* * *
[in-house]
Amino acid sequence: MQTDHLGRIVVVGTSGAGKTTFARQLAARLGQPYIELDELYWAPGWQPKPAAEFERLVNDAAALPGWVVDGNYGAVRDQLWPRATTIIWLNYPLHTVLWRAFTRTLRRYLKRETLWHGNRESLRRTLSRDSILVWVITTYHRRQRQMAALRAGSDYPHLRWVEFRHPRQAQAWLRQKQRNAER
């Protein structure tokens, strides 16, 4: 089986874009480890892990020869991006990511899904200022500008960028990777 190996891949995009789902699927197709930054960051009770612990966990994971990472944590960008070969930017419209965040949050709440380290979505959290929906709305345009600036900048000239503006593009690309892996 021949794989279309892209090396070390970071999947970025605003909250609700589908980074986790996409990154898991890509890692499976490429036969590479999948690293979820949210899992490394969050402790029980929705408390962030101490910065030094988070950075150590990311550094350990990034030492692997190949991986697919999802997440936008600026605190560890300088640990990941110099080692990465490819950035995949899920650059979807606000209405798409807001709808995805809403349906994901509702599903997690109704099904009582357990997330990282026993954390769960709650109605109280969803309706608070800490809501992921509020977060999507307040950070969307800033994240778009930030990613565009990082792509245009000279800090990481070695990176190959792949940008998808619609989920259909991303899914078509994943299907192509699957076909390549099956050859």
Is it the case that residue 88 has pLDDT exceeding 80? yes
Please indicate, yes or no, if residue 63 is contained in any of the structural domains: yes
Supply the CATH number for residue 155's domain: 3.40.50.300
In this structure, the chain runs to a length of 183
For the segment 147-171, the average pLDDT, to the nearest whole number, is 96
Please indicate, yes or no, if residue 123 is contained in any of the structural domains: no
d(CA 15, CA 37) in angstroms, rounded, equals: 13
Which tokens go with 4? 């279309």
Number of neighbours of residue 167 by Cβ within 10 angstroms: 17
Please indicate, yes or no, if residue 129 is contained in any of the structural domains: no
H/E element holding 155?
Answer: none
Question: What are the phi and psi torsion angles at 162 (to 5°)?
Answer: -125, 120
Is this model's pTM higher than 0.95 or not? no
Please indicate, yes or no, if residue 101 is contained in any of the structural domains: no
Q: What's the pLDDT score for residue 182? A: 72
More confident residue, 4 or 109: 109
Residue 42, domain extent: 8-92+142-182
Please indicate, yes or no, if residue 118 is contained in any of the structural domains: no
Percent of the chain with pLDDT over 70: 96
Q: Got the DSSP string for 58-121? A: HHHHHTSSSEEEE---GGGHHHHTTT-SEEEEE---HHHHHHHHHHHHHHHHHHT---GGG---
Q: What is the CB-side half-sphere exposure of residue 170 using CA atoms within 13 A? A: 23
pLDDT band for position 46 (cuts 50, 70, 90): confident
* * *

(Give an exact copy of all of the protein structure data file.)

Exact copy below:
[in-house]
Amino acid sequence: MQTDHLGRIVVVGTSGAGKTTFARQLAARLGQPYIELDELYWAPGWQPKPAAEFERLVNDAAALPGWVVDGNYGAVRDQLWPRATTIIWLNYPLHTVLWRAFTRTLRRYLKRETLWHGNRESLRRTLSRDSILVWVITTYHRRQRQMAALRAGSDYPHLRWVEFRHPRQAQAWLRQKQRNAER
């Protein structure tokens, strides 16, 4: 089986874009480890892990020869991006990511899904200022500008960028990777 190996891949995009789902699927197709930054960051009770612990966990994971990472944590960008070969930017419209965040949050709440380290979505959290929906709305345009600036900048000239503006593009690309892996 021949794989279309892209090396070390970071999947970025605003909250609700589908980074986790996409990154898991890509890692499976490429036969590479999948690293979820949210899992490394969050402790029980929705408390962030101490910065030094988070950075150590990311550094350990990034030492692997190949991986697919999802997440936008600026605190560890300088640990990941110099080692990465490819950035995949899920650059979807606000209405798409807001709808995805809403349906994901509702599903997690109704099904009582357990997330990282026993954390769960709650109605109280969803309706608070800490809501992921509020977060999507307040950070969307800033994240778009930030990613565009990082792509245009000279800090990481070695990176190959792949940008998808619609989920259909991303899914078509994943299907192509699957076909390549099956050859």
Is it the case that residue 88 has pLDDT exceeding 80? yes
Please indicate, yes or no, if residue 63 is contained in any of the structural domains: yes
Supply the CATH number for residue 155's domain: 3.40.50.300
In this structure, the chain runs to a length of 183
For the segment 147-171, the average pLDDT, to the nearest whole number, is 96
Please indicate, yes or no, if residue 123 is contained in any of the structural domains: no
d(CA 15, CA 37) in angstroms, rounded, equals: 13
Which tokens go with 4? 């279309």
Number of neighbours of residue 167 by Cβ within 10 angstroms: 17
Please indicate, yes or no, if residue 129 is contained in any of the structural domains: no
H/E element holding 155?
Answer: none
Question: What are the phi and psi torsion angles at 162 (to 5°)?
Answer: -125, 120
Is this model's pTM higher than 0.95 or not? no
Please indicate, yes or no, if residue 101 is contained in any of the structural domains: no
Q: What's the pLDDT score for residue 182? A: 72
More confident residue, 4 or 109: 109
Residue 42, domain extent: 8-92+142-182
Please indicate, yes or no, if residue 118 is contained in any of the structural domains: no
Percent of the chain with pLDDT over 70: 96
Q: Got the DSSP string for 58-121? A: HHHHHTSSSEEEE---GGGHHHHTTT-SEEEEE---HHHHHHHHHHHHHHHHHHT---GGG---
Q: What is the CB-side half-sphere exposure of residue 170 using CA atoms within 13 A? A: 23
pLDDT band for position 46 (cuts 50, 70, 90): confident